2. Secondary sexual charcters:
They are responsible for the secondary sexual charcters of the male, i.e., the growth and development of hairs at face and chest and the musculine voice.
The androgens are presumably responsible for the muscular strength of males as compared to that of females.
The androgens affect the skeletal growth to a reasonable extent.
5. Colour and texture of skin:
Androgens are responsible for the normal skin, that is firm, ruddy, and of a darker colour (flesh colour). In the absence of androgens skin becomes furrowed, soft and pale in colour.
Recent findings have established that to a great extent the nitrogen, sodium potassium, inorganic phosphorus, and chloride ion metabolisms are dependent upon androgens.
7. Sebaceous glands:
The androgens increase the secretions of the sebaceous glands.
8. Effect on nitrogen retention and muscular development:
Increase in musculature following puberty which is associated with positive nitrogen balance, is due to metabolic effect of testosterone on protein anabolism.
Many of the changes in skin are probably due to deposition of protein compounds in the skin and the changes in voice could even result from this nitrogen retention function of testosterone.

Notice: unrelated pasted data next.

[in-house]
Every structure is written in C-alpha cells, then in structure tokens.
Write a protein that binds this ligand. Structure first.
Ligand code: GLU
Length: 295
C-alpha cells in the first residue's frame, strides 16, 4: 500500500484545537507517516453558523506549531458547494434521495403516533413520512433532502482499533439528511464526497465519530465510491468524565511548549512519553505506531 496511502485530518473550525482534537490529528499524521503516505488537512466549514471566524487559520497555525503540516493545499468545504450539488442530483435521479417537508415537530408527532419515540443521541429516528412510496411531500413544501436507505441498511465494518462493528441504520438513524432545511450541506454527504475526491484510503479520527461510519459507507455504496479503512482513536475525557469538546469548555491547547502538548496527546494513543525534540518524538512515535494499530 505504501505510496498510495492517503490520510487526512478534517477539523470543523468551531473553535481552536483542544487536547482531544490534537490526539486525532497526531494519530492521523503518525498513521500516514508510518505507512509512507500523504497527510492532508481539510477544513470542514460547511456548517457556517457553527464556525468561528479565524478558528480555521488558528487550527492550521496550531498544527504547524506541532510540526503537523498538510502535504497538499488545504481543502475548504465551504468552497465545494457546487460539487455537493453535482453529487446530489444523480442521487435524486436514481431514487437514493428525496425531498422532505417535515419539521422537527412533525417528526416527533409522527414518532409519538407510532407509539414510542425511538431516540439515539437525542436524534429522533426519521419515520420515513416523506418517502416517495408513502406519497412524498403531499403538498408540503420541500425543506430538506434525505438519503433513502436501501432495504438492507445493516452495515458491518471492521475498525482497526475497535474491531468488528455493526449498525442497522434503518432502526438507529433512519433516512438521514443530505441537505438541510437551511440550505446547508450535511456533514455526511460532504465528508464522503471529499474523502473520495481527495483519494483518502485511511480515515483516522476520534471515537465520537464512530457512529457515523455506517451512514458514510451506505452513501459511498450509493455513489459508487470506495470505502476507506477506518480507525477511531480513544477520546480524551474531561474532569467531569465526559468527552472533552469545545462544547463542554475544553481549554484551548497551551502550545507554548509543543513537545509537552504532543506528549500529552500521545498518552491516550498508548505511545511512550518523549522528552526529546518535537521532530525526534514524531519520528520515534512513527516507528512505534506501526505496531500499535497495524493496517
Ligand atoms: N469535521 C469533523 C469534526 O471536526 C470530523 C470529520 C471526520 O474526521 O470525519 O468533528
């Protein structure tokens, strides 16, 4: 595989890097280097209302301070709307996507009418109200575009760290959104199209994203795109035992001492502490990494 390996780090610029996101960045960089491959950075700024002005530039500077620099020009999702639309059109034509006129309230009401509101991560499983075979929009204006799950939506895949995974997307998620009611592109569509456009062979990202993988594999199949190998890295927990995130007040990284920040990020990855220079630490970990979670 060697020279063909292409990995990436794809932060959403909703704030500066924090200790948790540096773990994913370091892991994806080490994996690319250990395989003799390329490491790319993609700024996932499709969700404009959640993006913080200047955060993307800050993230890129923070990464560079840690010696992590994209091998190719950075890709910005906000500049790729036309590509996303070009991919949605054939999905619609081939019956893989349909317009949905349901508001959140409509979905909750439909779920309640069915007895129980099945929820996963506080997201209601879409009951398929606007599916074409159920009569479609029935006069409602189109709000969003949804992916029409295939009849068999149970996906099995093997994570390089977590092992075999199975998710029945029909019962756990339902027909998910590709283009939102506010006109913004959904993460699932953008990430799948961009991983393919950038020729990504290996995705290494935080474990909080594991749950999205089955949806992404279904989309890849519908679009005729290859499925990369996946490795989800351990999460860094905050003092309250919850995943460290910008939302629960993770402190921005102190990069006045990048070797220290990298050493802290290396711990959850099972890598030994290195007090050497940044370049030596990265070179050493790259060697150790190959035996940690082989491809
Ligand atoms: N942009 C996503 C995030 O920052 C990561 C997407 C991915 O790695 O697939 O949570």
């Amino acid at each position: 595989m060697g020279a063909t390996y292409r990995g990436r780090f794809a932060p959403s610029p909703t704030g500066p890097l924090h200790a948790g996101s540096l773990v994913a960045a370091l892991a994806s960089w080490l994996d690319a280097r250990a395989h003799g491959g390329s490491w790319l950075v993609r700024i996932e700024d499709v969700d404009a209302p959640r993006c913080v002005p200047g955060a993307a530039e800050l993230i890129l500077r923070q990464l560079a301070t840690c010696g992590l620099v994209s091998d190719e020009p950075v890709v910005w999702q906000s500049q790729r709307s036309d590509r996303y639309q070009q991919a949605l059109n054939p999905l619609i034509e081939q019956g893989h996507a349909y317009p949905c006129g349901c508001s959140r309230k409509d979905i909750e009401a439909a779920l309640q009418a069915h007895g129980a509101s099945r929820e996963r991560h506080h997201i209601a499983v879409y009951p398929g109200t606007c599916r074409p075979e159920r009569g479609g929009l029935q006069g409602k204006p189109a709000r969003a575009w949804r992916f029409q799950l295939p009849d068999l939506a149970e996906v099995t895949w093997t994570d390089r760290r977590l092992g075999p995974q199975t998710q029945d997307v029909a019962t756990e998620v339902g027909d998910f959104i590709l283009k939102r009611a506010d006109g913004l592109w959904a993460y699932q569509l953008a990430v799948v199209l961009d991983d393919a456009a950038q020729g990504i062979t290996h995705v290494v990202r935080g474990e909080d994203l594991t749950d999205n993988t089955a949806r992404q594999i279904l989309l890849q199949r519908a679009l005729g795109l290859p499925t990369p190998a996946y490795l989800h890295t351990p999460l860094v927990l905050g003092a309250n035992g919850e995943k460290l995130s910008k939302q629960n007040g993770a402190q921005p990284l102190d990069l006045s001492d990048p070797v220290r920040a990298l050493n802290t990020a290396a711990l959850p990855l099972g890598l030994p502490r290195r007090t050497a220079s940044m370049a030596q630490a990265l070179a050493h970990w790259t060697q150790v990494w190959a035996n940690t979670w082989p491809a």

9. Effect on basal metabolism:
It is believed that androgens (during active sexual life) increase the rate of metabolism some 5 to 10 per cent above the normal value (inactive testes).
This might be due to indirect result of the effect of testosterone on protein anabolism and the increased quantity of proteins.
10. Effect on red blood corpuscles:
Average man has 500,000 to 1,000,000 or more R.B.C per cubic millimeter of blood than a average woman.
This difference may be due to the increased metabolic rate by testosterone rather than to a direct effect of testosterone on R.B.C production.
11. Effect on electrolyte and water balance:
Androgens cause increased reabsorption of sodium ions in the distal tubule of kidneys lo a slight extent.
Following puberty, the blood and extracellular fluid volumes of the male (subject in relation to weight) increase to a slight extent.
This effect results at least partly from the sodium retaining ability of testosterone.